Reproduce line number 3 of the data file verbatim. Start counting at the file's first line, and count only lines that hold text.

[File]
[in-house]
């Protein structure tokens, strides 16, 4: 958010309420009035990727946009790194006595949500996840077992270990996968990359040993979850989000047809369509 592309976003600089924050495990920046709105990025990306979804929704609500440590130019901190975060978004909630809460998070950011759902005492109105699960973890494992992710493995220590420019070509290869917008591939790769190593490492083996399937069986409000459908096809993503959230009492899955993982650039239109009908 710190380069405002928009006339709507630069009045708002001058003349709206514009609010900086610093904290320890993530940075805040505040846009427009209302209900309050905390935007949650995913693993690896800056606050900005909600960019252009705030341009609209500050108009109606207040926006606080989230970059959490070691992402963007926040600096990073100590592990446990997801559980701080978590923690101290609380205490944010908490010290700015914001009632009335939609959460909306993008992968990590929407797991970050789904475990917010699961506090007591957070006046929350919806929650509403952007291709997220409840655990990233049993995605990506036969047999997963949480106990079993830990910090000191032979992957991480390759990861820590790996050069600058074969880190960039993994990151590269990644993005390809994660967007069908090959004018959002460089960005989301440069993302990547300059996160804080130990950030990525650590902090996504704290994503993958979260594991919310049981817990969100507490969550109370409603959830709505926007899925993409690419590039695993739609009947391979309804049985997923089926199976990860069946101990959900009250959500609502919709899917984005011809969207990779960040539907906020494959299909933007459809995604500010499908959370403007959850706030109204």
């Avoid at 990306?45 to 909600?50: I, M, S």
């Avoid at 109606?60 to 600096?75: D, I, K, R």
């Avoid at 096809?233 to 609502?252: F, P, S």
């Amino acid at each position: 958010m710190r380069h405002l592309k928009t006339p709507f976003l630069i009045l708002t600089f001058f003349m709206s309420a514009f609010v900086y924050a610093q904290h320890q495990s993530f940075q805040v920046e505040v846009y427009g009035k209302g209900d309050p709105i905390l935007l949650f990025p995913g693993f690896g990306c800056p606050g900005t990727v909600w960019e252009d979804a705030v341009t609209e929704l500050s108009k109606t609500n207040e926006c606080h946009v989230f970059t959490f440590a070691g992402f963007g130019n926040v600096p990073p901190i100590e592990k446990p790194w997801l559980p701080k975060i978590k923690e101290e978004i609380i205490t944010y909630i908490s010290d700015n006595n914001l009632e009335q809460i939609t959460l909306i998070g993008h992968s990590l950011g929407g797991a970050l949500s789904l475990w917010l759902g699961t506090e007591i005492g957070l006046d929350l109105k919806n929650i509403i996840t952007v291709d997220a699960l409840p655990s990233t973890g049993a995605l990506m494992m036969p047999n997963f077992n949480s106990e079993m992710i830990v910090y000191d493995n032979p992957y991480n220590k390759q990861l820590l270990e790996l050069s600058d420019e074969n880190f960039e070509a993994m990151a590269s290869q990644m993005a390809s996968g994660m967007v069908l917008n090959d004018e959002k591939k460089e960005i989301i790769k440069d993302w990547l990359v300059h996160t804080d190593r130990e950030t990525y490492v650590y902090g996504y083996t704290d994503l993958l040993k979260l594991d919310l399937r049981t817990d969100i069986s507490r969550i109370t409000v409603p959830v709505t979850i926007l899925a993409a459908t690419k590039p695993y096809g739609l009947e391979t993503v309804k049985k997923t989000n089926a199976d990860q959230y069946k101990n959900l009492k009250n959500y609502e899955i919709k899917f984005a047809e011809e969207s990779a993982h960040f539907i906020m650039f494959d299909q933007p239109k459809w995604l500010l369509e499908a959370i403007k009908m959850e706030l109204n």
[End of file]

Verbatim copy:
């Avoid at 990306?45 to 909600?50: I, M, S």